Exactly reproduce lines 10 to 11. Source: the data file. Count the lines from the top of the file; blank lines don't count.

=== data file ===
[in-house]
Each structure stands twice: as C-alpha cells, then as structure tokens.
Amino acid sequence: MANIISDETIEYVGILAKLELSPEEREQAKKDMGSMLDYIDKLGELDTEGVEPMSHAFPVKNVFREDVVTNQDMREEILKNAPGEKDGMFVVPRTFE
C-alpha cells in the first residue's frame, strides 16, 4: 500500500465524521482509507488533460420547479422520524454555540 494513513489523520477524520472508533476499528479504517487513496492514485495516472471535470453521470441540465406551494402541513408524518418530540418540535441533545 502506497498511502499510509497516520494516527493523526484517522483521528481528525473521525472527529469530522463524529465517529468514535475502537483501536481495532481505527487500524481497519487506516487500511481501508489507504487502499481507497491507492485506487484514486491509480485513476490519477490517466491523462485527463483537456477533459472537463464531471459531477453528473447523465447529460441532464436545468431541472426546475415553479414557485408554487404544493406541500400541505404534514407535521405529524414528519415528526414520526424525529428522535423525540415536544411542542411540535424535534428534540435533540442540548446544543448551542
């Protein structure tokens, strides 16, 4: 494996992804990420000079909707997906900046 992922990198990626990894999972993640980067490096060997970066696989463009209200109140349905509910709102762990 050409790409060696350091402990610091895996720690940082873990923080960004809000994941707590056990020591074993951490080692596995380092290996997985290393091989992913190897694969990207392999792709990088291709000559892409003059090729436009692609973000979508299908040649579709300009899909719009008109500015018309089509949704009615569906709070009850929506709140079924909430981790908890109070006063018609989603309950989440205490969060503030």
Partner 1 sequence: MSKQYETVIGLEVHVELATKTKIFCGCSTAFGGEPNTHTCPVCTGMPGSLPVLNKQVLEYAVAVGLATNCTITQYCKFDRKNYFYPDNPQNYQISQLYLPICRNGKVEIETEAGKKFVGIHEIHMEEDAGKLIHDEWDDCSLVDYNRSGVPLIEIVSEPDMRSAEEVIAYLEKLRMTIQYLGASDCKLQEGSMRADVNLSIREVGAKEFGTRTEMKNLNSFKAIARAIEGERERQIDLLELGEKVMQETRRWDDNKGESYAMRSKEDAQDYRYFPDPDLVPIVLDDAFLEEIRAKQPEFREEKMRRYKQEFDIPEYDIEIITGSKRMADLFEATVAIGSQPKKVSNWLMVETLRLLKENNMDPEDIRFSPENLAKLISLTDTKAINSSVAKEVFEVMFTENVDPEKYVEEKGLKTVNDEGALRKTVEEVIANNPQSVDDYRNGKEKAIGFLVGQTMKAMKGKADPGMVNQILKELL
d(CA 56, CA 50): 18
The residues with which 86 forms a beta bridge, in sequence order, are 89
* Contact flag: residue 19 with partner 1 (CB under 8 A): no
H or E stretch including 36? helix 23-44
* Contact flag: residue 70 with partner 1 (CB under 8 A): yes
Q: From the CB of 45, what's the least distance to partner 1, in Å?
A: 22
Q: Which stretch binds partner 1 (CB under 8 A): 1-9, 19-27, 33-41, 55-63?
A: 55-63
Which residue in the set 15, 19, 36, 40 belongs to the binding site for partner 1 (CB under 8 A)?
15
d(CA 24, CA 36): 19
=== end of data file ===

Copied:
H or E stretch including 36? helix 23-44
* Contact flag: residue 70 with partner 1 (CB under 8 A): yes